The possible segmentations of the handwritten pattern may be compared to a dictionary in order to pick out recognition candidates to the handwritten pattern that exist in the dictionary. Since the sequences of segment candidates are represented with references between segmentation points comprising information of the following segment candidates, sequences having the same starting symbols may share the representation of their starts . A sequence of segment candidates is compared with the dictionary by sequentially checking whether there is any word in the dictionary that has corresponding initial symbol or symbols. As soon as a symbol in a sequence has no counterpart in the dictionary, the sequence may be discarded and there is no need for comparing the rest of the segment candidates in the sequence with the dictionary. In fact, all sequences having the same initial segment candidates representing the same prefix may be discarded, since they share representation.

As used herein, the term "symbol" should be construed as any form that has a specific meaning, such as a character, Latin, Chinese or any other kind, a ligature between, before or after characters, a number, or any punctuation mark. The templates are arranged to represent a symbol or a part of a symbol. However, there may be one or more templates that are arranged to represent noise or irregularities in the handwritten pattern, which has no specific meaning. Such templates may be used to identify parts of the handwritten pattern that does not contribute to the information written in the pattern. Further, the term "handwritten pattern" should be construed as the specific form of a symbol or sequence of symbols which has been written by a person.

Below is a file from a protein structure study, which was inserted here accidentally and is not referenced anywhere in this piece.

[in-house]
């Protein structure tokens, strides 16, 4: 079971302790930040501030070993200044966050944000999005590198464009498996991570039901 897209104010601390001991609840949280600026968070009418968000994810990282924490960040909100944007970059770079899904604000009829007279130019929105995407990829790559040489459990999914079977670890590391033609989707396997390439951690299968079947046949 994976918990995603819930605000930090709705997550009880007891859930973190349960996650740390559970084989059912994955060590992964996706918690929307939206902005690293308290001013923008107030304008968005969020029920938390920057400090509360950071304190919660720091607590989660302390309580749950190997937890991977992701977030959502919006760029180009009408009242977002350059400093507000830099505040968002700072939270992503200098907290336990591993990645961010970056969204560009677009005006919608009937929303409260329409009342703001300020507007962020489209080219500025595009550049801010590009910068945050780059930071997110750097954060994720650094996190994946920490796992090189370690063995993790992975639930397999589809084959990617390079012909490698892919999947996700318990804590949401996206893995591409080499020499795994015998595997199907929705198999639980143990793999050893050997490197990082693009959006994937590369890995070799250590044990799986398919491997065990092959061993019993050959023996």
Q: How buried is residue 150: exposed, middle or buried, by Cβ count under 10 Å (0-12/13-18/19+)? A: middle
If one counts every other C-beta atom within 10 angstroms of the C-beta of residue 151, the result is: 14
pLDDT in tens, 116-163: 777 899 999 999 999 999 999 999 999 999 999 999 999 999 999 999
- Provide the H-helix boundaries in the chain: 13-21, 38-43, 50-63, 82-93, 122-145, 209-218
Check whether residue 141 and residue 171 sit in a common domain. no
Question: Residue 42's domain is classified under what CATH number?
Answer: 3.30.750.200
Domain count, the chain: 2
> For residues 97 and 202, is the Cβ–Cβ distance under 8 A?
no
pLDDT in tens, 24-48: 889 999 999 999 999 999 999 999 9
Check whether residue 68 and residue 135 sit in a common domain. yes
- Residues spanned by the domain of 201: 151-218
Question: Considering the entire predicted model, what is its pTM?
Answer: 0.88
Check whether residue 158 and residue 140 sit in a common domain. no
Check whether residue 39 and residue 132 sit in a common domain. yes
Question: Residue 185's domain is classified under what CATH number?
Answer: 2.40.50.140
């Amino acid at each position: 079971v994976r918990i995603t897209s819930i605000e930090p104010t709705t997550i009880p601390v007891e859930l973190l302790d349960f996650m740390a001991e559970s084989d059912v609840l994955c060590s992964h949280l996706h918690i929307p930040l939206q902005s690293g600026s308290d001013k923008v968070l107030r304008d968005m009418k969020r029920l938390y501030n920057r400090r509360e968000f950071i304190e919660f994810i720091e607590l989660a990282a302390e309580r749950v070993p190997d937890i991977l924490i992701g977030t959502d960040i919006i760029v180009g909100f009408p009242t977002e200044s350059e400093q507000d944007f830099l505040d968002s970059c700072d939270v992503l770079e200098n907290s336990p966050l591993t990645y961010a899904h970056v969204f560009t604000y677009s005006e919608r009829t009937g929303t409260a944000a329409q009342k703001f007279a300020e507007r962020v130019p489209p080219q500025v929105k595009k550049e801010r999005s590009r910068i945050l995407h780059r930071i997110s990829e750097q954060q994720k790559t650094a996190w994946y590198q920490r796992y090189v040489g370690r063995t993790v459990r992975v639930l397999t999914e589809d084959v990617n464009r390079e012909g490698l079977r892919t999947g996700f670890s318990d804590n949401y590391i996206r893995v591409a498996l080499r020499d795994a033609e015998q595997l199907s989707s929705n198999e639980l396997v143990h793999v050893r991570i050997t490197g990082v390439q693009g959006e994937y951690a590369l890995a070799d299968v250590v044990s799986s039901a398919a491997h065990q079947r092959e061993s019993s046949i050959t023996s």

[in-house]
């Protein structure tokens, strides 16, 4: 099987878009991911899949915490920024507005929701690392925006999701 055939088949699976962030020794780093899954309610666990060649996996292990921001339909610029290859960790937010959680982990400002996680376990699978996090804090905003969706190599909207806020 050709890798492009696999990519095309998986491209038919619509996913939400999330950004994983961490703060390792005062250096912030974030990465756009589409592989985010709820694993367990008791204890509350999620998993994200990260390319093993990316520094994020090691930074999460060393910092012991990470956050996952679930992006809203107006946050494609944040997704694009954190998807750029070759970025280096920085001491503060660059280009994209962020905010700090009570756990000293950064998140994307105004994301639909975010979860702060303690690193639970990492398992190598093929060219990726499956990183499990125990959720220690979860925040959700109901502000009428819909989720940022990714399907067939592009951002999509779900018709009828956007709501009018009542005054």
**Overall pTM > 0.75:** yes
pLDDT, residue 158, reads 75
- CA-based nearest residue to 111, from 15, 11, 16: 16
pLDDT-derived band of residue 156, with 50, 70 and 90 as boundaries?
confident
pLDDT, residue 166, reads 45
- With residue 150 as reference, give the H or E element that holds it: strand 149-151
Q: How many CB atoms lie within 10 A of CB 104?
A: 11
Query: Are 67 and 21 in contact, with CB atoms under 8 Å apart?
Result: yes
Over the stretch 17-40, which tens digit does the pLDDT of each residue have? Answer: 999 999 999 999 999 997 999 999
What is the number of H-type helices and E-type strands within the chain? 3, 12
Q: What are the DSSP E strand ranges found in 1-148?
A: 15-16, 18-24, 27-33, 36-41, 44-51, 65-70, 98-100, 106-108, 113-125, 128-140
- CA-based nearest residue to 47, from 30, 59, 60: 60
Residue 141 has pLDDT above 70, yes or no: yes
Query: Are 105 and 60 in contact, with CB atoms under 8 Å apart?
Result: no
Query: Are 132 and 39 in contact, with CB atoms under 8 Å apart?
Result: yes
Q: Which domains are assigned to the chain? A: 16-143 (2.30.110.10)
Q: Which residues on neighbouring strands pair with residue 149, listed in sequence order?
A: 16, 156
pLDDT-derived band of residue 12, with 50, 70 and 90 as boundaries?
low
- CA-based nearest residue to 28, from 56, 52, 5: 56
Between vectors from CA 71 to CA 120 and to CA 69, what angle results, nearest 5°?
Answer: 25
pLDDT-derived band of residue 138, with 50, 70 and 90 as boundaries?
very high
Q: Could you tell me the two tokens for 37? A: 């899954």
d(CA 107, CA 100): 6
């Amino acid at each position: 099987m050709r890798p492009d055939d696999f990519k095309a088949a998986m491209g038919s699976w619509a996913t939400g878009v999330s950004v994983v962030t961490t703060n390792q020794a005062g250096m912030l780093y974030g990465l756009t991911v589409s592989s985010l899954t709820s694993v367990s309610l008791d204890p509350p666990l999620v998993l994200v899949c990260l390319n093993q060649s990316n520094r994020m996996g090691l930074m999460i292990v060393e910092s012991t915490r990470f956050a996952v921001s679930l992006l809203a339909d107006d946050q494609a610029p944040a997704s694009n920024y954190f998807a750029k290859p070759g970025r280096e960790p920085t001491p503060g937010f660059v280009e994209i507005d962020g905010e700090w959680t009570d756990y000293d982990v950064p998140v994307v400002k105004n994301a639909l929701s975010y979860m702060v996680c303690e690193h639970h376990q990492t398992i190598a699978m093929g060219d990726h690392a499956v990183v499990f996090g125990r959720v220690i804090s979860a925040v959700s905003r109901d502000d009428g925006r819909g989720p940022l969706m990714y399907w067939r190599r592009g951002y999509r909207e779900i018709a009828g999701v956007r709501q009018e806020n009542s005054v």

The term "sequence of possible segmentation points" should be construed as a sequence from a first segmentation point, which is a possible segmentation point that has been identified as matching a start of a template, to a second segmentation point, which is a possible segmentation point that has been identified as matching an end of a template. The sequence of possible segmentation points includes all possible segmentation points between the first segmentation point and the second segmentation point.

A "reference to a data block corresponding to subsequent segmentation point" may be a reference to the ' next segmentation point in the sequence of segmentation points or to a later segmentation point in the sequence of segmentation points. Thus, different sequences of segment candidates matching different segments of the handwritten pattern may be created by choosing different segmentation points.